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Fire in the Streets

Fire in the Streets

Author
Eric Hammel
ARRSE Rating
4 Mushroom Heads
Recently, over a decent Single Malt, I pondered the uncomfortable fact that my children were born further away from the Vietnam War than I was from World War Two. Happily they're still slightly closer to the Falklands War since the Single Malt has not yet been distilled that would enable me to cope were it otherwise. The reason I digress, if one can digress at the start of something, is that it comes as a bit of a shock that one of the formative episodes of one's youth is now firmly in the clutches of history and those who took part are pushing seventy or beyond.

The trigger for such pondering was 'Fire in the Streets', Eric Hammel's account of the battle for Hue, part of the Tet Offensive in 1968. Tet has become synonymous with how to win a battle but lose a war, though the specific details of it, including the Battle of Hue, are increasingly the preserve of those who read history or watch endless repeats of Full Metal Jacket on Movies for Men.

By way of context for those who weren't there man, Tet was a concerted attempt by North Vietnam to demonstrate that the US and their South Vietnamese allies were not in control. It was also launched in the belief that a show of strength would stimulate a popular rising against the South Vietnamese Government. In the event, North Vietnamese forces and their Viet Cong allies suffered a series of crushing battlefield defeats but won hands down on the global political front. The Tet Offensive was fought out in a thousand places but the stand-out locations are generally the US Embassy in Saigon, Khe San and Hue. And it's Hue that is the interest here.

At the beginning of 1968, Hue was largely untouched by the war and its inhabitants were preparing for the Tet holiday in full expectation that the holiday truce would be respected as it had been in previous years. Days later, the North Vietnamese were firmly established in the city and the US Marines were busy blasting them out yard by yard and street by street in a manner that would be repeated years later by a new generation in places like Fallujah. This fighting took place against a backdrop of mass killings by communist murder squads targeting anyone sympathetic to the Saigon regime.

The first thing to be said about this book is that it is exhaustive in its detail, at least as far as the US Marine Corps is concerned, and here is both its strength and weakness. With over forty books and seventy articles, and with the USMC as his main interest, it is safe to say that Hammel is a man who knows his subject and a man who does detail. The first quality is a real strength for the book since he knows the story he's trying to tell and he tells it accurately and with immense authority, the second is a more equivocal attribute.

Urban warfare is nothing if not confusing and Hammel does an excellent job of guiding us through the complex events of Hue. He's aided in this by a very clear set of maps which are right at the front for ease of reference and which are intelligently laid out in increasing order of detail. Where his touch is less sure, however, is in the judgement as to just how much detail is required. The narrative occasionally gets bogged down in the number of non-lethal hits every vehicle in a specific action sustained and the desire to capture all the detail all the time results in a very choppy read at certain points, particularly towards the end.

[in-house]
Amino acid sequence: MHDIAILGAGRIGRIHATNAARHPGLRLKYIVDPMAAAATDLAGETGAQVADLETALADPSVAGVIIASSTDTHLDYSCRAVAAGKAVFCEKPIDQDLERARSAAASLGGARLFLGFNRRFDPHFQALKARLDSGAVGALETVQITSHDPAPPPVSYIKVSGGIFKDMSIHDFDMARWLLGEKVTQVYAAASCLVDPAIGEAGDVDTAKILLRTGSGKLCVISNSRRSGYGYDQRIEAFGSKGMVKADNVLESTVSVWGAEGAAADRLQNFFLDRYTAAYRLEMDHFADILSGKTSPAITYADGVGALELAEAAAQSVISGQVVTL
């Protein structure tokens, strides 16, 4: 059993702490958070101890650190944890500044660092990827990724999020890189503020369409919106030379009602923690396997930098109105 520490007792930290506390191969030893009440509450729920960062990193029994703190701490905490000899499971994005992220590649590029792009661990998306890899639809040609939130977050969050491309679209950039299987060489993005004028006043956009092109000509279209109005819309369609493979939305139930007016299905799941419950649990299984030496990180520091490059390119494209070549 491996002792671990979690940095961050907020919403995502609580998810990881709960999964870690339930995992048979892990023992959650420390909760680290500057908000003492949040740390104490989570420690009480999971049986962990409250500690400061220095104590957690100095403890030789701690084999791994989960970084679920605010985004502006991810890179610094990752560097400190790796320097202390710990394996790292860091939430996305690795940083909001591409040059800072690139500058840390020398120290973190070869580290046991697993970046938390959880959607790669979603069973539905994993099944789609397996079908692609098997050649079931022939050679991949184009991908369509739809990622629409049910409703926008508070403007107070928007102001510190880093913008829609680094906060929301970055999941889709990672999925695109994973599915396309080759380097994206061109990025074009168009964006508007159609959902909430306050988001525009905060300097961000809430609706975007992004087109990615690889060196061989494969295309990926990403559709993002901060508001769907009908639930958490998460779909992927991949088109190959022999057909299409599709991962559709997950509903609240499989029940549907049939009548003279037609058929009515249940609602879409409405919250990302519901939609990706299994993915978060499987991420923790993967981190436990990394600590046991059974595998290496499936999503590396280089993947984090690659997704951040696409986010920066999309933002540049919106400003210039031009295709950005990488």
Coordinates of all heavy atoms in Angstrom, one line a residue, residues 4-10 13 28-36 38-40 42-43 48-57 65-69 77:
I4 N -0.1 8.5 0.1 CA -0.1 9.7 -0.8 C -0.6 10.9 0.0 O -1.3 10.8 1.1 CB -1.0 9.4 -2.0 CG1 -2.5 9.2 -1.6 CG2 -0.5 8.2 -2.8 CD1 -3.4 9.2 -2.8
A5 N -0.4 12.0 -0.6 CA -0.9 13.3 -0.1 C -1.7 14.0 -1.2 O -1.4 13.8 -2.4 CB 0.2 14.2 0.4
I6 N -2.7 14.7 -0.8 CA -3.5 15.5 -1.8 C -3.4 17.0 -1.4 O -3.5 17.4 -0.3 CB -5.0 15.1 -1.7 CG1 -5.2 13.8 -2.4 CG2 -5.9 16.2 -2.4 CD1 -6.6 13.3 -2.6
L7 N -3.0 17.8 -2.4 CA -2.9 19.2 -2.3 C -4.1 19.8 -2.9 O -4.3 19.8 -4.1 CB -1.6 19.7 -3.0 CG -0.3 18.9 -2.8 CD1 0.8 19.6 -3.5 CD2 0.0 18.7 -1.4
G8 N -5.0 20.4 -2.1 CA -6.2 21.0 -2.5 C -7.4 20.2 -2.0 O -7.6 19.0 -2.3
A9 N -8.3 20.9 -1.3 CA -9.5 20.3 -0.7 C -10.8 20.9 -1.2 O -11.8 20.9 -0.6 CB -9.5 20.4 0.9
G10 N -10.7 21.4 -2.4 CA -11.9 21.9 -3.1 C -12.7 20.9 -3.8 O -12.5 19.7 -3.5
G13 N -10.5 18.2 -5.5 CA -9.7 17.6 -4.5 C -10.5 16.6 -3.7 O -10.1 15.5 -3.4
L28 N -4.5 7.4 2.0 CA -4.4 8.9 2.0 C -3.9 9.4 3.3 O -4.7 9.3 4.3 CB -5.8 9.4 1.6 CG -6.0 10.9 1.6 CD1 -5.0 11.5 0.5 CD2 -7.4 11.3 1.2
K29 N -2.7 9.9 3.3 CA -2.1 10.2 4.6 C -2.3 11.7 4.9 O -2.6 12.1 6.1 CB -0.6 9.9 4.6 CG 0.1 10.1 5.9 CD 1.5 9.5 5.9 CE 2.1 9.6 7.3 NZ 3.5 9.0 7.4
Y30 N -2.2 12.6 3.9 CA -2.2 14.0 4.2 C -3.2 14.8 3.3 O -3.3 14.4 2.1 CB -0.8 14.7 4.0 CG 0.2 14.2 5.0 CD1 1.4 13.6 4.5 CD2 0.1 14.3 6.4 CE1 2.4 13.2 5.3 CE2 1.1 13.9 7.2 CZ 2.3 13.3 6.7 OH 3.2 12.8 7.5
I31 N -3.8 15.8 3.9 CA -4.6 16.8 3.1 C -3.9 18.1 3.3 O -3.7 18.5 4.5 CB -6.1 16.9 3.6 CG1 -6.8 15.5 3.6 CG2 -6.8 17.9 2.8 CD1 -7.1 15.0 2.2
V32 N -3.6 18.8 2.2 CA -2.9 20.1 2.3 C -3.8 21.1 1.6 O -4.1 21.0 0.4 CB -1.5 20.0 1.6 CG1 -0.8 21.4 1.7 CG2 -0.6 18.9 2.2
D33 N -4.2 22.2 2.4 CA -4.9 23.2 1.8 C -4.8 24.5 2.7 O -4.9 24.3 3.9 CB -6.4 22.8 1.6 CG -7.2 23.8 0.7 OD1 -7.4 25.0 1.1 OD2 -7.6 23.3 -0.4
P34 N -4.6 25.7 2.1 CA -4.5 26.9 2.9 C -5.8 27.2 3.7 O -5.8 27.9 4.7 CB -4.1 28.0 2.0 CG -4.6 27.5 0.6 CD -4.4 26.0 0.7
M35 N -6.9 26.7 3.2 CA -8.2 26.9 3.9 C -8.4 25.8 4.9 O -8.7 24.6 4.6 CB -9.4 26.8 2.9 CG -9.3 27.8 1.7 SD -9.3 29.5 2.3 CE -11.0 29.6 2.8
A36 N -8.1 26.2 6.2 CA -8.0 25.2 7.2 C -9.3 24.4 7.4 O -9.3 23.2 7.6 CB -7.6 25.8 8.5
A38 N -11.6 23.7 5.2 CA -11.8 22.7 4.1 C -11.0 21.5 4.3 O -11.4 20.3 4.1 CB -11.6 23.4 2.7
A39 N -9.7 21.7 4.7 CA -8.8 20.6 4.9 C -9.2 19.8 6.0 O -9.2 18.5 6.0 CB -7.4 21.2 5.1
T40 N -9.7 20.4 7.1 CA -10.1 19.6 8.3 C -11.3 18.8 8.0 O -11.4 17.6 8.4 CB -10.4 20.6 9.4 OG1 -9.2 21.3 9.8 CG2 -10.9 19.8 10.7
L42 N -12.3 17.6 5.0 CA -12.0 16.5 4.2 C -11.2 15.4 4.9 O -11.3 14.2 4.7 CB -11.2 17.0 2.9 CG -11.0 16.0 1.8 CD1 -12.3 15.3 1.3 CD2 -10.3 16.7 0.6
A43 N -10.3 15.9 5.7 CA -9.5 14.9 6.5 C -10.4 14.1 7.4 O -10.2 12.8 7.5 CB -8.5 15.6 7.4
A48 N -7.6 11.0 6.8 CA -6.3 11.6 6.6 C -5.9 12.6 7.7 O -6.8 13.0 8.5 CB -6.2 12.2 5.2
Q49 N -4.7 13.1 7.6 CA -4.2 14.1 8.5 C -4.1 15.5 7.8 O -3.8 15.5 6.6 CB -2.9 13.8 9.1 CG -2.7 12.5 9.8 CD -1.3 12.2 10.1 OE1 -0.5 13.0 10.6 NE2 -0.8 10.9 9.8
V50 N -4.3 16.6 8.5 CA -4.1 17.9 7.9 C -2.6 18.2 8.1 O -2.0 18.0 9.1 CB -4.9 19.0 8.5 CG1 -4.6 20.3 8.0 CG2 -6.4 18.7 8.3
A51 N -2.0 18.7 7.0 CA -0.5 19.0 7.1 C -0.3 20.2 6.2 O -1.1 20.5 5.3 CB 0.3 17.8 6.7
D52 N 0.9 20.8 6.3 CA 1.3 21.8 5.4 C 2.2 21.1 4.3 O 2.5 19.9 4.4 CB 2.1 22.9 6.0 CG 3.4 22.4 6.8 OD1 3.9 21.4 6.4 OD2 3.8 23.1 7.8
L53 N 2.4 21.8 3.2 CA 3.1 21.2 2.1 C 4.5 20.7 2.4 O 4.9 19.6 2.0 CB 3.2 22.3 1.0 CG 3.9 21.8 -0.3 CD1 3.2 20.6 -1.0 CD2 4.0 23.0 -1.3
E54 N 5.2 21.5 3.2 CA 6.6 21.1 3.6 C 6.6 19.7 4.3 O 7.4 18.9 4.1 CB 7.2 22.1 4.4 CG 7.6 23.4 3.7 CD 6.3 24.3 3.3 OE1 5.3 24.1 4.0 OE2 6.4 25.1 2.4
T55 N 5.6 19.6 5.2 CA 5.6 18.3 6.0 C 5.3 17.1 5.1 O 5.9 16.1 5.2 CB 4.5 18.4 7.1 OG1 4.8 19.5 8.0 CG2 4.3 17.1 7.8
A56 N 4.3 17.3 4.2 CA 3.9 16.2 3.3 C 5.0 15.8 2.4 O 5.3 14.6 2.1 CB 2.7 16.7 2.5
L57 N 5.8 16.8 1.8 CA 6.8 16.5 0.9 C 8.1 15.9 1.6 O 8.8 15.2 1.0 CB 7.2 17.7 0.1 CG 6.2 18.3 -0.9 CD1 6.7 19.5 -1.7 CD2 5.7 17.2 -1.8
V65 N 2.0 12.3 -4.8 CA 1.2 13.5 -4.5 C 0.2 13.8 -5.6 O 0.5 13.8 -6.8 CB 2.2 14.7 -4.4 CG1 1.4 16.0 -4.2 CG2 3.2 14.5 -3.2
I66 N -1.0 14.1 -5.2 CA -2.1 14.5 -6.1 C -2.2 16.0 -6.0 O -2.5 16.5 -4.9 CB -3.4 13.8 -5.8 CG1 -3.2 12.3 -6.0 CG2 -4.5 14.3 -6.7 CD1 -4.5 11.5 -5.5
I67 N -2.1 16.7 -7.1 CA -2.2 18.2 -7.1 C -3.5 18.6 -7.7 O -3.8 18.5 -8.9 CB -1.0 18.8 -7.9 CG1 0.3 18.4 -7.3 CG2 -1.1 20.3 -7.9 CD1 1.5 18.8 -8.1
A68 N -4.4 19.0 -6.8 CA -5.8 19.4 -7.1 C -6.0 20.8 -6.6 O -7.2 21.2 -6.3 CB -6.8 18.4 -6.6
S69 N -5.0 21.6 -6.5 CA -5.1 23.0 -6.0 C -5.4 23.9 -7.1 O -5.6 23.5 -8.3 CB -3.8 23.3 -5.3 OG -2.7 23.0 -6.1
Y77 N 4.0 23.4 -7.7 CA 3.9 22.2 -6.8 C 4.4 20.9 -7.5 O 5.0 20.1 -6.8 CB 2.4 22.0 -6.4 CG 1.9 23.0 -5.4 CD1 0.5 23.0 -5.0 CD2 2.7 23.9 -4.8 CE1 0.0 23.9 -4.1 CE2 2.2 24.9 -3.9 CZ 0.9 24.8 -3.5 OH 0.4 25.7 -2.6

Overall, it's a very technical read and the human aspect struggles to breakthrough. This is not a work on the Vietnam experience that walks in the footsteps of Al Santoli or Michael Herr. Even as a one-sided view of the battle, and the Vietnamese of both sides are very much bit players, the North Vietnamese especially, it lacks the balance between the technical and the human achieved in Bowden's 'Blackhawk Down'. The massacres by North Vietnamese forces are mentioned in passing and there is no real attempt at the end of the book to place Hue and its aftermath in a wider context.

This is a very detailed and competent work as far as it goes, but it lacks the essential human insights of an Alistair Horne or Cornelius Ryan and fails to convey any real sense of what it was like to participate in the battle or what was really going on on the other side of the hill. It's hard to believe that Hue is going to command sufficient attention from historians in the years to exceed the expertise of Eric Hammel therefore it is likely that this will be a key reference text if not the reference. If so, it makes its shortcomings that much more regrettable though what Hammel has achieved is of considerable merit and still well worthy of recognition.

If you have an interest in the Vietnam War or simply general military history, this book is well worth reading. If the above seems overly critical, it's because the work as a whole is best classed as a flawed masterpiece. In fairness, it kept me engaged from Port of Spain to the Azores and served as an informative and intellectually robust reminder of a pivotal event which helped to shape the second half half of the twentieth century and seriously upset Country Joe McDonald...

All together now - And it's one, two, three... actually, four Mushroom Heads.

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FORMER_FYRDMAN
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